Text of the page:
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Sealant

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mm2347

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Oct 21, 2008
238
oday 222 niagara
I need to reinstall thru hull fittings, rudder, and swim ladder. Whats a good sealant?
 
Jan 24, 2005
4,881
Oday 222 Dighton, Ma.
I need to reinstall thru hull fittings, rudder, and swim ladder. Whats a good sealant?
I used 3-M 4000 uv adhesive sealant on my gudgeons and gunwale moldings. 3-M makes a 4200 and a 5200. I've used Boat-Life and found that the shelf life of this product is a lot less than the 3-M. For gudgeons, swim ladders, gunwale moldings, and through hull fittings, I stick with polysulfide caulking. For deck plates, the manufacturers recommend silicone caulking.
 
Dec 8, 2006
1,085
Oday 26 Starr, SC
mm2347:

Boat Life makes Life Caulk and Life Sealant. I have complained to them that a quick look at the package/labels and it is hard to tell the difference. Stay away from the Life caulk. The Life Sealant is a proprietary silicone polysulfide blend which is a good product.

As to 3M products. Boat manufacturers used to use 5200 which you need to stay away from. It is a permanent product which is difficult to repair later. The 4000, which I do not think that I have used sounds like a good product.

Consider butyl tape for deck fittings with its associated lap sealant. This combination is noteworthy for hatches and ports.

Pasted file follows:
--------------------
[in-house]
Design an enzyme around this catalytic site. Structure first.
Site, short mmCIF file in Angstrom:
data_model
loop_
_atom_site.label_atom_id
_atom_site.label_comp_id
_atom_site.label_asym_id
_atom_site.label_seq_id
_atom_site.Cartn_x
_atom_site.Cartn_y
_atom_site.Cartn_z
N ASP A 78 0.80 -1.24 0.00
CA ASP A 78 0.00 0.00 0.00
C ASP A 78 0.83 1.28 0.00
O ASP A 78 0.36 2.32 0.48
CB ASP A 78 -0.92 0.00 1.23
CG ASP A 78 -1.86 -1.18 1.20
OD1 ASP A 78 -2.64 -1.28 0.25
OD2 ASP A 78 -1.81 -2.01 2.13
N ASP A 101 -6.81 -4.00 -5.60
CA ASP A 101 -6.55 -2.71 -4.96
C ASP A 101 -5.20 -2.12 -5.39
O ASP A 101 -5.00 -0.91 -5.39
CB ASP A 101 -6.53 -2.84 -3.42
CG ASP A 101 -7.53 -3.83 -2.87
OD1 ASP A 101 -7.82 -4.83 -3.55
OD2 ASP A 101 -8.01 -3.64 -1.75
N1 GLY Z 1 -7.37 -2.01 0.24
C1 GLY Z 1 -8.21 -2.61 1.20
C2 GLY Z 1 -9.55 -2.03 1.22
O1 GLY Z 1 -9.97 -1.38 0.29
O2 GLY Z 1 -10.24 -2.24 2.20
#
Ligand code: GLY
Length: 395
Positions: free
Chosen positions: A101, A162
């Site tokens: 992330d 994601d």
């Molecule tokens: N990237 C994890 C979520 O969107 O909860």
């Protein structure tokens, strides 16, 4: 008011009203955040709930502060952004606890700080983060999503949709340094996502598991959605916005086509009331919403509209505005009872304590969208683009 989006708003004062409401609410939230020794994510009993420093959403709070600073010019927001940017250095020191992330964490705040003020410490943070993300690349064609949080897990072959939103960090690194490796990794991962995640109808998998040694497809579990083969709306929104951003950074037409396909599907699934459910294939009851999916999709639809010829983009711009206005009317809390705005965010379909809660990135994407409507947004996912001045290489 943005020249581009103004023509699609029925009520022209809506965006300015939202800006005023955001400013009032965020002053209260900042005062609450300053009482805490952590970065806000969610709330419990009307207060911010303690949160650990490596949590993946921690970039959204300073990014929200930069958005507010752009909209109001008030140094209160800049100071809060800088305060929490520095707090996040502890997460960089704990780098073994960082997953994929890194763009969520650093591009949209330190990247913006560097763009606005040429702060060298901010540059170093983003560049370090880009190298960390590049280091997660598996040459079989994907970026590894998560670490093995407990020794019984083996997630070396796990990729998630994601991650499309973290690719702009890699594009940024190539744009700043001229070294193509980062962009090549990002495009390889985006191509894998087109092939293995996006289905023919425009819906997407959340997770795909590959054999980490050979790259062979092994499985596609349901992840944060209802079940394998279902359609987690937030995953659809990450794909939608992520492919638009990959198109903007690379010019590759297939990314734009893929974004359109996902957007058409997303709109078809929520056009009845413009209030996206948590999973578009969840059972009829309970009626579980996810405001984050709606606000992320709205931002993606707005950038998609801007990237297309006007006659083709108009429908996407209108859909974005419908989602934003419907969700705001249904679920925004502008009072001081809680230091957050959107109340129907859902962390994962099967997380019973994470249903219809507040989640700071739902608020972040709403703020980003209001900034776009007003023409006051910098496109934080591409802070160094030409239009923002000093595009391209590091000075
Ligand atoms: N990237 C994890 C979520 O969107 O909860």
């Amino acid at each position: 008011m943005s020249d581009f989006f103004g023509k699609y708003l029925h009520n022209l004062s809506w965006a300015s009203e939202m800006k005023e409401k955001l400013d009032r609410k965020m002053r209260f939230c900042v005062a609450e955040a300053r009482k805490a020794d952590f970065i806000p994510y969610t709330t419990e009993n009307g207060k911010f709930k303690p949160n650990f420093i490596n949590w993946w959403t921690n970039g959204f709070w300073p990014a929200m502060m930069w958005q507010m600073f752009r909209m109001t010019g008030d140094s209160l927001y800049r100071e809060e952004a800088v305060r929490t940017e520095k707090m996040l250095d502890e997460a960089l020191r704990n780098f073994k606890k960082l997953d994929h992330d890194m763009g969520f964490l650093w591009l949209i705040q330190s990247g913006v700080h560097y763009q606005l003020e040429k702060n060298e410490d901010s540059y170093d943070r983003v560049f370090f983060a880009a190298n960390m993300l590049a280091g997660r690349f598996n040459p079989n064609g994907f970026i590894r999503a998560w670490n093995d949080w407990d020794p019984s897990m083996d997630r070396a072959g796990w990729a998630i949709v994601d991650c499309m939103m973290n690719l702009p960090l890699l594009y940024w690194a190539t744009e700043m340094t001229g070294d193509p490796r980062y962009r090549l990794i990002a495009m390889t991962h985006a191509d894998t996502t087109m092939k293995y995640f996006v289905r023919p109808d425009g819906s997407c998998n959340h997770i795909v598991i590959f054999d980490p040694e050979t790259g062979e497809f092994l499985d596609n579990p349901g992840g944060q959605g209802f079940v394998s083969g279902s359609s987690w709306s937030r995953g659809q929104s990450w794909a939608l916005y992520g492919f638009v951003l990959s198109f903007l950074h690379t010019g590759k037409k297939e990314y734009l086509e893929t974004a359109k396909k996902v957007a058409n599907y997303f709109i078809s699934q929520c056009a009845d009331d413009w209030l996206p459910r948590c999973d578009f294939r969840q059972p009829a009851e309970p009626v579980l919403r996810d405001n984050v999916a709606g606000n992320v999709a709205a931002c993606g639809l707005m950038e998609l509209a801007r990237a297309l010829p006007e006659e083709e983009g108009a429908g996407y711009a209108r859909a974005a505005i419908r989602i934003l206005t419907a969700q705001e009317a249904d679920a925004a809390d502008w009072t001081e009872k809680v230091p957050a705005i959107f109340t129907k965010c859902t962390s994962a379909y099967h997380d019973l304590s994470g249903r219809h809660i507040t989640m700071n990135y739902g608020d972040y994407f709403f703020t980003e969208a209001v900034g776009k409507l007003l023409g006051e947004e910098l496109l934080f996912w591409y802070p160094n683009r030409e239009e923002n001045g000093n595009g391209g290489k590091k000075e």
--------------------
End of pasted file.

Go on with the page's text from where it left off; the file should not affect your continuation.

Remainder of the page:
Ed K
26
 
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Dec 8, 2006
1,085
Oday 26 Starr, SC
Thank you for making me go back and look at the ingredience of these two products.

They make Life Caulk and Life Seal. I have used both. The Life Seal did as advertized. The Life caulk did not.

Why it did not, I do not know. Let me just say that after a few months it leaked. Later when evaluating the leak, I saw that I had used Life Caulk rather than the previous product Life Seal. The packaging is too similar on the products and I was not aware of the differences.

I was working on a project and needed more sealant and quickly grabbed the caulk off the shelf instead of the sealant. I wrote the company about the packaging and they never responded.

In summary, the Life Seal did as advertized. The Life Caulk did not. I do not know reasons. The usage in both was above waterline as surface sealant/adhesive on old fiberglass boats.

I am still replacing the the Life Caulk. At least it is easily replaced compared to 5200. My comments are based on my experiences only and in each case may be do to working on old sailboats and due to idiosyncrasy of that boat.

See their web site for accurate discription of uses and products:
http://boatlife.ipower.com/shop/index.php?main_page=index&cPath=6

However, the Life Seal is a 'marine silicone and polyurethane' whereas the caulk is a 'flexible marine polysulfide sealant'.

I would use the Life Seal again, but not the caulk. At least until someone shows me that it works on another boat. Who knows, maybe it was just an old tube? I guess I will have to look at expiration dates now.